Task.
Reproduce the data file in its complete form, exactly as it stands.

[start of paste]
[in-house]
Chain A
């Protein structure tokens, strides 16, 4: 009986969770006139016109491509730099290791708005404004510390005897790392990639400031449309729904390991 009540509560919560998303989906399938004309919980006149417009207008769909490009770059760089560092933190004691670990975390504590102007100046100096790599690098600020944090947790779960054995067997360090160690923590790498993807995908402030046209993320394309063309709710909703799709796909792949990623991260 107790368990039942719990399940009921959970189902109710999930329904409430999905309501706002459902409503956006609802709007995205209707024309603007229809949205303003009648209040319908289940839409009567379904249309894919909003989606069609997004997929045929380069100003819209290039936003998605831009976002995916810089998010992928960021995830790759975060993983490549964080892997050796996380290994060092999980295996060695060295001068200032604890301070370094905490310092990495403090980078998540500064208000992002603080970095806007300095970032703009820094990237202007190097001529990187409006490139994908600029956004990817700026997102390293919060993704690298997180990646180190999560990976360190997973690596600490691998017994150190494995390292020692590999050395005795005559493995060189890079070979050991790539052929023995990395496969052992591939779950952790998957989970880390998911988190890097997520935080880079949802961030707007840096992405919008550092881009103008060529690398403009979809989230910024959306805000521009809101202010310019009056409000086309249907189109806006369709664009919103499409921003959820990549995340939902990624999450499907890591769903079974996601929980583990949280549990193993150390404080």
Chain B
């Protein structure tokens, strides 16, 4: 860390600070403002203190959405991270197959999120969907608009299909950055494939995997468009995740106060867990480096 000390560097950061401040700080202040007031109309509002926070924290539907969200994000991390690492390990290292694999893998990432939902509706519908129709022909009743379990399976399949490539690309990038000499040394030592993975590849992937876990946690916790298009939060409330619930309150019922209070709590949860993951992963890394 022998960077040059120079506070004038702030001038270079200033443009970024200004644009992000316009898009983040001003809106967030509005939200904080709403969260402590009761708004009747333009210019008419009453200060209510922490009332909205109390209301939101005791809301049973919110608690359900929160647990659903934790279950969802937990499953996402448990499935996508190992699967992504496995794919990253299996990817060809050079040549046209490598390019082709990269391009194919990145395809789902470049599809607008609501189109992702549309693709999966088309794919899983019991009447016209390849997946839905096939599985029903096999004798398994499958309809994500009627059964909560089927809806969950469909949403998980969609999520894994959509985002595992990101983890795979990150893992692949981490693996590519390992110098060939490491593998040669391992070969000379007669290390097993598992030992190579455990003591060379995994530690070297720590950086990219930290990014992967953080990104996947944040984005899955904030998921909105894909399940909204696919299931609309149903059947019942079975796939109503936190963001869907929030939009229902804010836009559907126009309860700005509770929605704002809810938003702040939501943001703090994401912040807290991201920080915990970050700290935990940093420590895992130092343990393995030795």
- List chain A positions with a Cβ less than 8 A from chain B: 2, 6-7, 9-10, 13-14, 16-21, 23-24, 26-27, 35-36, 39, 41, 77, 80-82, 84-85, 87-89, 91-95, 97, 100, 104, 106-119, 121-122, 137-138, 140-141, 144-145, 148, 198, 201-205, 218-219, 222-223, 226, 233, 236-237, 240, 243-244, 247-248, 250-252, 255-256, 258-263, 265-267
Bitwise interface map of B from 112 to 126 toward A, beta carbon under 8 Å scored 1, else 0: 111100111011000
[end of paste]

[in-house]
Chain A
């Protein structure tokens, strides 16, 4: 009986969770006139016109491509730099290791708005404004510390005897790392990639400031449309729904390991 009540509560919560998303989906399938004309919980006149417009207008769909490009770059760089560092933190004691670990975390504590102007100046100096790599690098600020944090947790779960054995067997360090160690923590790498993807995908402030046209993320394309063309709710909703799709796909792949990623991260 107790368990039942719990399940009921959970189902109710999930329904409430999905309501706002459902409503956006609802709007995205209707024309603007229809949205303003009648209040319908289940839409009567379904249309894919909003989606069609997004997929045929380069100003819209290039936003998605831009976002995916810089998010992928960021995830790759975060993983490549964080892997050796996380290994060092999980295996060695060295001068200032604890301070370094905490310092990495403090980078998540500064208000992002603080970095806007300095970032703009820094990237202007190097001529990187409006490139994908600029956004990817700026997102390293919060993704690298997180990646180190999560990976360190997973690596600490691998017994150190494995390292020692590999050395005795005559493995060189890079070979050991790539052929023995990395496969052992591939779950952790998957989970880390998911988190890097997520935080880079949802961030707007840096992405919008550092881009103008060529690398403009979809989230910024959306805000521009809101202010310019009056409000086309249907189109806006369709664009919103499409921003959820990549995340939902990624999450499907890591769903079974996601929980583990949280549990193993150390404080």
Chain B
């Protein structure tokens, strides 16, 4: 860390600070403002203190959405991270197959999120969907608009299909950055494939995997468009995740106060867990480096 000390560097950061401040700080202040007031109309509002926070924290539907969200994000991390690492390990290292694999893998990432939902509706519908129709022909009743379990399976399949490539690309990038000499040394030592993975590849992937876990946690916790298009939060409330619930309150019922209070709590949860993951992963890394 022998960077040059120079506070004038702030001038270079200033443009970024200004644009992000316009898009983040001003809106967030509005939200904080709403969260402590009761708004009747333009210019008419009453200060209510922490009332909205109390209301939101005791809301049973919110608690359900929160647990659903934790279950969802937990499953996402448990499935996508190992699967992504496995794919990253299996990817060809050079040549046209490598390019082709990269391009194919990145395809789902470049599809607008609501189109992702549309693709999966088309794919899983019991009447016209390849997946839905096939599985029903096999004798398994499958309809994500009627059964909560089927809806969950469909949403998980969609999520894994959509985002595992990101983890795979990150893992692949981490693996590519390992110098060939490491593998040669391992070969000379007669290390097993598992030992190579455990003591060379995994530690070297720590950086990219930290990014992967953080990104996947944040984005899955904030998921909105894909399940909204696919299931609309149903059947019942079975796939109503936190963001869907929030939009229902804010836009559907126009309860700005509770929605704002809810938003702040939501943001703090994401912040807290991201920080915990970050700290935990940093420590895992130092343990393995030795």
- List chain A positions with a Cβ less than 8 A from chain B: 2, 6-7, 9-10, 13-14, 16-21, 23-24, 26-27, 35-36, 39, 41, 77, 80-82, 84-85, 87-89, 91-95, 97, 100, 104, 106-119, 121-122, 137-138, 140-141, 144-145, 148, 198, 201-205, 218-219, 222-223, 226, 233, 236-237, 240, 243-244, 247-248, 250-252, 255-256, 258-263, 265-267
Bitwise interface map of B from 112 to 126 toward A, beta carbon under 8 Å scored 1, else 0: 111100111011000